The  Frontiers in Retreat  -project finishing exhibition  Edge Effects: Active Earth  at the Art Sonje Center, Soul, 2017. Front: Nabb+Teeri,  Thinking of Invertebrates , 2017. Back: Jaakko Pallasvuo,  Soft Body Goal , 2017. Photo: Kim Yeonje.

The Frontiers in Retreat -project finishing exhibition Edge Effects: Active Earth at the Art Sonje Center, Soul, 2017. Front: Nabb+Teeri, Thinking of Invertebrates, 2017. Back: Jaakko Pallasvuo, Soft Body Goal, 2017. Photo: Kim Yeonje.

The ecological perspective can help us build bridges between different disciplines, such as art and science, and perceive the world in a less fragmented and fractured way. One of these new ways of understanding the world is the concept of Deep Time, a long-standing fascination of Nurmenniemi’s, that was first introduced into her work in the Deep Time Séance Mobius project in New York. The immersive experience featured a site-specific video installation and live music performance by artists Tuomas A. Laitinen and Matti Ahopelto, circulating energy objects by artist Jaakko Pallasvuo, and narrative work by artist Tatiana Istomina.

The concept of Deep Time, first coined by Scottish geologist James Hutton in the 18th century, offers a non-anthropocentric way of understanding time.

The Deep Time Séance installation studied the geological history of our home planet through the circulation of matter; timelines so long and slow compared to the span of human history that they are almost incomprehensible. The exhibition Fictional Frictions at the Gwangju Biennale continues the exploration of these topics by bringing into focus the relation between slow, massive geological processes and dramatic events that transform societies rapidly. Nurmenniemi’s aim was to create an exhibition that, through interlacing layers of different conceptions of time, could speak to audiences from different cultural backgrounds.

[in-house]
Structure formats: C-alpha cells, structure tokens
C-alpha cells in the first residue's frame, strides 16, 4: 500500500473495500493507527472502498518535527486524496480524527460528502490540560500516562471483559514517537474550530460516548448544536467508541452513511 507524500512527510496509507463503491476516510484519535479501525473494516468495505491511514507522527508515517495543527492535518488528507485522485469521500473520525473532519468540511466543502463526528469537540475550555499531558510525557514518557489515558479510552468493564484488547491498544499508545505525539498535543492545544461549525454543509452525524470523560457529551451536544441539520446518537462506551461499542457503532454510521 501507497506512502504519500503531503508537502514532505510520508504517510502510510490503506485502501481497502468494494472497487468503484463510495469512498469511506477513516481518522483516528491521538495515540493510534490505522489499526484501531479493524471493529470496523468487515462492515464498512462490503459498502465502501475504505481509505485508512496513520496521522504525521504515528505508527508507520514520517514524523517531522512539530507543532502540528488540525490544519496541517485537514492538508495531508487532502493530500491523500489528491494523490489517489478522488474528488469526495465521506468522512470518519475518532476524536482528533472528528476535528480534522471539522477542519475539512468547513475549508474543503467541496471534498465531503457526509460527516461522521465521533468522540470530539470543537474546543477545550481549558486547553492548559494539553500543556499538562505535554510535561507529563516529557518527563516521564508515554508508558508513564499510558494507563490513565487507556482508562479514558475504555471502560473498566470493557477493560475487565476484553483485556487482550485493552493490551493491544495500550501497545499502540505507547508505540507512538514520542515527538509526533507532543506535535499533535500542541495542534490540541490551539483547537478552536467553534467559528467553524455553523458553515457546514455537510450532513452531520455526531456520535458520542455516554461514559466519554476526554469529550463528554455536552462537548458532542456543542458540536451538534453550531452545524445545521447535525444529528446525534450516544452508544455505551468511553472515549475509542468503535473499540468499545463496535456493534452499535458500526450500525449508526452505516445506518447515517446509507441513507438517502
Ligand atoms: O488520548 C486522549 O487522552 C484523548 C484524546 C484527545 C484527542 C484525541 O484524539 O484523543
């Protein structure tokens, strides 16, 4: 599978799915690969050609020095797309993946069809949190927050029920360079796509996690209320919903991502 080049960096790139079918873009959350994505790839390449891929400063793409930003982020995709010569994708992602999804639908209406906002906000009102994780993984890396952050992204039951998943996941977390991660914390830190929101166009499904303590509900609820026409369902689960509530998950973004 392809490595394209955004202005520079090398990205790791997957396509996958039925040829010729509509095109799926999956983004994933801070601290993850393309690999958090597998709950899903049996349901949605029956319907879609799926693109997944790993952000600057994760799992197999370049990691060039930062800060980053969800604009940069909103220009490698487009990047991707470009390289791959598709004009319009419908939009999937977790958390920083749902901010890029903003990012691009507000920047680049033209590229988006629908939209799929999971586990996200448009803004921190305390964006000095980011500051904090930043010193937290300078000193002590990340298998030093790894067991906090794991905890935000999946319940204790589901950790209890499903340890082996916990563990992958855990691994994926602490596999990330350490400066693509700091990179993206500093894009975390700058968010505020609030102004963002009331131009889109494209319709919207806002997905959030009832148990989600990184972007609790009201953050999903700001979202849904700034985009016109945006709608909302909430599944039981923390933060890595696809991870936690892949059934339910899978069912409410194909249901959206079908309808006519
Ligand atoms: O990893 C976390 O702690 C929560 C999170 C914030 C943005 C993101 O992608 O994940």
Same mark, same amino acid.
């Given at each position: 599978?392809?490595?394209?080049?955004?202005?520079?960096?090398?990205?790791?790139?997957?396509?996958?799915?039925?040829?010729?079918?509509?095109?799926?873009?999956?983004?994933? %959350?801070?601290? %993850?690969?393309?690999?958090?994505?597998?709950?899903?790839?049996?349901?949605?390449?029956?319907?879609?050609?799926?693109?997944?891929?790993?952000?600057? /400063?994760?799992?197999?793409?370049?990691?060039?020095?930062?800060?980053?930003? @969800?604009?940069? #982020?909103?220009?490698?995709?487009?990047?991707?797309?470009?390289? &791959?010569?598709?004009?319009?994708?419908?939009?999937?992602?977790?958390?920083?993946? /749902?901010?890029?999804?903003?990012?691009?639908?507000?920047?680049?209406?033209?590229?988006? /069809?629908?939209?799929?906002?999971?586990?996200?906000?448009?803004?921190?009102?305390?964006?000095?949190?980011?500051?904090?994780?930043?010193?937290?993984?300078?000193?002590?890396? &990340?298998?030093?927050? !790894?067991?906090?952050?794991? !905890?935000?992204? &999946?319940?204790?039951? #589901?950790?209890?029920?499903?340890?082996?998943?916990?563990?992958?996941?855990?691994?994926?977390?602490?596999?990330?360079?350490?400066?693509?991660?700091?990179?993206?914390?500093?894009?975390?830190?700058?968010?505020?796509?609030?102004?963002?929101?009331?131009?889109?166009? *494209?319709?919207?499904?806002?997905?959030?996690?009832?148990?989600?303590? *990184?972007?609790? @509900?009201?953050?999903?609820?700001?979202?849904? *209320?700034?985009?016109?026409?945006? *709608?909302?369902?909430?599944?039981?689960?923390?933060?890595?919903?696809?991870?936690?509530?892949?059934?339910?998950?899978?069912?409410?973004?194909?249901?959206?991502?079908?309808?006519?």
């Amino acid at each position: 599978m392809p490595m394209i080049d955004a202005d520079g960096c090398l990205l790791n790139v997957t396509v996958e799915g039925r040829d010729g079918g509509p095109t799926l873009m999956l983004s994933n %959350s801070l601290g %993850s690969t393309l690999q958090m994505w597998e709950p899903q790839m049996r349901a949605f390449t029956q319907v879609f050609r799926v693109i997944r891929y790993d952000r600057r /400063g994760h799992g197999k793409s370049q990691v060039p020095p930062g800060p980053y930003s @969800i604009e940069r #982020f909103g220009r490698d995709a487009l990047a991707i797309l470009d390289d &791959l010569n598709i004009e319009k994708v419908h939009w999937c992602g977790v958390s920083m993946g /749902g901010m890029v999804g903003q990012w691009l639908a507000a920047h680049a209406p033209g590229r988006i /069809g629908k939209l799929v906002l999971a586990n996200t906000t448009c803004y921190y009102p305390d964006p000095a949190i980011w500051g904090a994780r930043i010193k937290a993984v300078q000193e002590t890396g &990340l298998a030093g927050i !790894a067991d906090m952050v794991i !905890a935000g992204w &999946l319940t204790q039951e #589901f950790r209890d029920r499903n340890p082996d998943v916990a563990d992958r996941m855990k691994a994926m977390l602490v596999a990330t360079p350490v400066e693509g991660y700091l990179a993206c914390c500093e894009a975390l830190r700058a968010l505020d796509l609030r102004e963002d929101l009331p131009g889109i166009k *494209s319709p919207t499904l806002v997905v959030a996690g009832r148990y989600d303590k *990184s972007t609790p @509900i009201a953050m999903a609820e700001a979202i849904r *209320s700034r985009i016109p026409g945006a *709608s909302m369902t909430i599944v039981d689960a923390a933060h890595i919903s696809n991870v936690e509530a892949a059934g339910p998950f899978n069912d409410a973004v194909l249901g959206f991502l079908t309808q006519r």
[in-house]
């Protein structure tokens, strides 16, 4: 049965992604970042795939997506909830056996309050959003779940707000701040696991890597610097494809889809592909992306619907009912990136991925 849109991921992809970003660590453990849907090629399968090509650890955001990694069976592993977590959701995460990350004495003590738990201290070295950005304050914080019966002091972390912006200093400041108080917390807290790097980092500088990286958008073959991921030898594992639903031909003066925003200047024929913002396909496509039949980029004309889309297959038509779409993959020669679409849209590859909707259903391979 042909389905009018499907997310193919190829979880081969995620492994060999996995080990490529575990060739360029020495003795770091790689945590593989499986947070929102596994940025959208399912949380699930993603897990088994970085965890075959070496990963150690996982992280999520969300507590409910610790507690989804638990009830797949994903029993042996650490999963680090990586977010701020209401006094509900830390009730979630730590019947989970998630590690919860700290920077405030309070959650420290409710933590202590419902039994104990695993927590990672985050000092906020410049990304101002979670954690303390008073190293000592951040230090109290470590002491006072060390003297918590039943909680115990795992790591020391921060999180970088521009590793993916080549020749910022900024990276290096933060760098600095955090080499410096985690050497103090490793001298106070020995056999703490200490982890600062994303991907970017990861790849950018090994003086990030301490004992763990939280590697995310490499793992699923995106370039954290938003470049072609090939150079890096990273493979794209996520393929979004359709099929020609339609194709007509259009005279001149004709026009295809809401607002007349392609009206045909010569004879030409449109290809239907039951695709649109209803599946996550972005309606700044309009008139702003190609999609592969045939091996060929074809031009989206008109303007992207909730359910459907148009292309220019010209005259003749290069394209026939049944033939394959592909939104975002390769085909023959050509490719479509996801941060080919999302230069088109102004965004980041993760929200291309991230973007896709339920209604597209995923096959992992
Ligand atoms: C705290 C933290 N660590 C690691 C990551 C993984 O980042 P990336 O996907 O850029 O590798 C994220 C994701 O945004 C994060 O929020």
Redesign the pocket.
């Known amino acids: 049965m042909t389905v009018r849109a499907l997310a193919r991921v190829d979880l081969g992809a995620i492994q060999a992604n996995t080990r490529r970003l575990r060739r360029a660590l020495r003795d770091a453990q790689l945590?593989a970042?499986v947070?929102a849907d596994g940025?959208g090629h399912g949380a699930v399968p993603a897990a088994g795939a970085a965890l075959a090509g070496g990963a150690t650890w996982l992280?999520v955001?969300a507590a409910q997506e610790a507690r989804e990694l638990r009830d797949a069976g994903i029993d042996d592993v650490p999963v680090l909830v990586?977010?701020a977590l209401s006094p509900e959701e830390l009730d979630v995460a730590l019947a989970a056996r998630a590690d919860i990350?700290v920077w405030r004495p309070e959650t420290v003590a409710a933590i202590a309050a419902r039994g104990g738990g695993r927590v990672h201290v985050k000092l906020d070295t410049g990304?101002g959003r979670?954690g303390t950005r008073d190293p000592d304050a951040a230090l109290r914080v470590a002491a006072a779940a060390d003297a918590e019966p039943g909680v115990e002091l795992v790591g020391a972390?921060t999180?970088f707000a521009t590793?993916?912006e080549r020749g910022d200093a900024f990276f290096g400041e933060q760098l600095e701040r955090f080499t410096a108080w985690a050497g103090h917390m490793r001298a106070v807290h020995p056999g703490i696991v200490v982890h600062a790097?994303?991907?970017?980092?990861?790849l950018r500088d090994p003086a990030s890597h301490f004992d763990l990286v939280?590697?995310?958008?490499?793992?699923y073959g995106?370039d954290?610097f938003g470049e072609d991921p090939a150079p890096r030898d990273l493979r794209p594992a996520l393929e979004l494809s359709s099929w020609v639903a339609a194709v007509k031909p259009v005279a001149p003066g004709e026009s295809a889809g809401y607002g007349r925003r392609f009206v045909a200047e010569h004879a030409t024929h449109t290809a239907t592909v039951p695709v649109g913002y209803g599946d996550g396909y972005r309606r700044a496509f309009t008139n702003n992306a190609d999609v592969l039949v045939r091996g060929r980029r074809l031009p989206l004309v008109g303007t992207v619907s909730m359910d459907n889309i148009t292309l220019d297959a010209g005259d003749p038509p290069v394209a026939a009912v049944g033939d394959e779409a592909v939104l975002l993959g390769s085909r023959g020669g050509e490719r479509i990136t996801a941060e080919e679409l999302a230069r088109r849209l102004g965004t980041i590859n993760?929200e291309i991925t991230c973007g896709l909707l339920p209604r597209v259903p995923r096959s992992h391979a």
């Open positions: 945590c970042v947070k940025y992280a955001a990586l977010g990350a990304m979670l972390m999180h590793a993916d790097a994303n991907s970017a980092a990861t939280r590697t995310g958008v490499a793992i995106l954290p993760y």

Deep Time Séance  at Residency Unlimited, New Yok, 2015. Photo: Sebastien Santamaria.

Deep Time Séance at Residency Unlimited, New Yok, 2015. Photo: Sebastien Santamaria.

“To me, the concept of Deep Time is interesting because it shows that phenomena that in the Western conception of time are regarded as eternal, are in fact constantly changing. That notion carries transformative power. It shows that the categorizations and taxonomies that Western science nurtures are not as fixed and clear-cut as we often like to think.”

On a more prosaic note, Nurmenniemi stresses that the art world is seriously lagging behind when it comes to addressing ecological issues, such as climate change, in practice.

More focus should be put into the ways that different institutions operate, and how their ecological impacts could be better taken into consideration. This is why HIAP has recently launched a 3-year collaborative project with Finnish art residency center and collective Mustarinda, aiming to together develop viable practices for post-fossil societies and forms of culture.

Here, again, the layered thinking that is signature to Nurmenniemi is present, like in the thematical construction of the shows that she curates, or the detailed site-specificity of the exhibitions. She sees culture and nature as closely intertwined and is always striving to address complexities, co-dependencies, and entanglements through art.

 Elina Vainio,  Denuded , 2018, from the  Fictional Frictions  exhibition at the 2018 Gwangju Biennale, South Korea. Photo: Kim Doyun

Elina Vainio, Denuded, 2018, from the Fictional Frictions exhibition at the 2018 Gwangju Biennale, South Korea. Photo: Kim Doyun

“I’m interested in challenging the dualistic ways of thinking, getting beyond the binary divides in all sectors of life. An important part of critical ecological thinking is recognizing that the world is not built upon simple dichotomies, but that everything exists on a spectrum.”